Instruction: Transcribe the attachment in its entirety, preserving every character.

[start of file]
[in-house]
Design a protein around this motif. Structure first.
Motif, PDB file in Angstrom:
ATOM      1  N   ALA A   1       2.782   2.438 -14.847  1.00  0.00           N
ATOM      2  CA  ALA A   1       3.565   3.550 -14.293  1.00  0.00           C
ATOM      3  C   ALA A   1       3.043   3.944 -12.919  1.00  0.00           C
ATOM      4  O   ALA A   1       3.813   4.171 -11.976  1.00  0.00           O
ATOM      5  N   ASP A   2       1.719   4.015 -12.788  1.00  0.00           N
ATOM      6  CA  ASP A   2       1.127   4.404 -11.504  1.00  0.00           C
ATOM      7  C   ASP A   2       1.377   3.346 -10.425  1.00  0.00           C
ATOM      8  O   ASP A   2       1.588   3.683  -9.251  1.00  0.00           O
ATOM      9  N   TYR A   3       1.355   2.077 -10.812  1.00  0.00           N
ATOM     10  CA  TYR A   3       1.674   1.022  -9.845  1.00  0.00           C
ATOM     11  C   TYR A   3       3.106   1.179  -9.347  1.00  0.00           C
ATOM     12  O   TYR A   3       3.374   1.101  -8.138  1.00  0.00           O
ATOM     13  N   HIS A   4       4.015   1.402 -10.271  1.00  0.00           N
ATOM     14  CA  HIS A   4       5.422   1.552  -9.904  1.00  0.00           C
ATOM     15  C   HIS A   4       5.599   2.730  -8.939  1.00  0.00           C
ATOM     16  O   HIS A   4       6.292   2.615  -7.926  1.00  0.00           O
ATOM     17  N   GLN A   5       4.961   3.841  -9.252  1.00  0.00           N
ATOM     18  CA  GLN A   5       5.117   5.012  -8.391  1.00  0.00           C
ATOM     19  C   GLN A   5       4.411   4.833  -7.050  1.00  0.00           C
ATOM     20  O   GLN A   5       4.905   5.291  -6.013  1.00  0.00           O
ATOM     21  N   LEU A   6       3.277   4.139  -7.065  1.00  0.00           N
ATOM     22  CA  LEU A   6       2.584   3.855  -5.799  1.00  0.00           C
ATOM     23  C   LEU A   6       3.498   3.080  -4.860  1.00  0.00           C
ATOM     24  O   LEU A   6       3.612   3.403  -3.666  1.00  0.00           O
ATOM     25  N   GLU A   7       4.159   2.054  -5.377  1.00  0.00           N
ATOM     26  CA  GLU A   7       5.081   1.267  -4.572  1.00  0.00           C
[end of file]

[in-house]
Design a protein around this motif. Structure first.
Motif, PDB file in Angstrom:
ATOM      1  N   ALA A   1       2.782   2.438 -14.847  1.00  0.00           N
ATOM      2  CA  ALA A   1       3.565   3.550 -14.293  1.00  0.00           C
ATOM      3  C   ALA A   1       3.043   3.944 -12.919  1.00  0.00           C
ATOM      4  O   ALA A   1       3.813   4.171 -11.976  1.00  0.00           O
ATOM      5  N   ASP A   2       1.719   4.015 -12.788  1.00  0.00           N
ATOM      6  CA  ASP A   2       1.127   4.404 -11.504  1.00  0.00           C
ATOM      7  C   ASP A   2       1.377   3.346 -10.425  1.00  0.00           C
ATOM      8  O   ASP A   2       1.588   3.683  -9.251  1.00  0.00           O
ATOM      9  N   TYR A   3       1.355   2.077 -10.812  1.00  0.00           N
ATOM     10  CA  TYR A   3       1.674   1.022  -9.845  1.00  0.00           C
ATOM     11  C   TYR A   3       3.106   1.179  -9.347  1.00  0.00           C
ATOM     12  O   TYR A   3       3.374   1.101  -8.138  1.00  0.00           O
ATOM     13  N   HIS A   4       4.015   1.402 -10.271  1.00  0.00           N
ATOM     14  CA  HIS A   4       5.422   1.552  -9.904  1.00  0.00           C
ATOM     15  C   HIS A   4       5.599   2.730  -8.939  1.00  0.00           C
ATOM     16  O   HIS A   4       6.292   2.615  -7.926  1.00  0.00           O
ATOM     17  N   GLN A   5       4.961   3.841  -9.252  1.00  0.00           N
ATOM     18  CA  GLN A   5       5.117   5.012  -8.391  1.00  0.00           C
ATOM     19  C   GLN A   5       4.411   4.833  -7.050  1.00  0.00           C
ATOM     20  O   GLN A   5       4.905   5.291  -6.013  1.00  0.00           O
ATOM     21  N   LEU A   6       3.277   4.139  -7.065  1.00  0.00           N
ATOM     22  CA  LEU A   6       2.584   3.855  -5.799  1.00  0.00           C
ATOM     23  C   LEU A   6       3.498   3.080  -4.860  1.00  0.00           C
ATOM     24  O   LEU A   6       3.612   3.403  -3.666  1.00  0.00           O
ATOM     25  N   GLU A   7       4.159   2.054  -5.377  1.00  0.00           N
ATOM     26  CA  GLU A   7       5.081   1.267  -4.572  1.00  0.00           C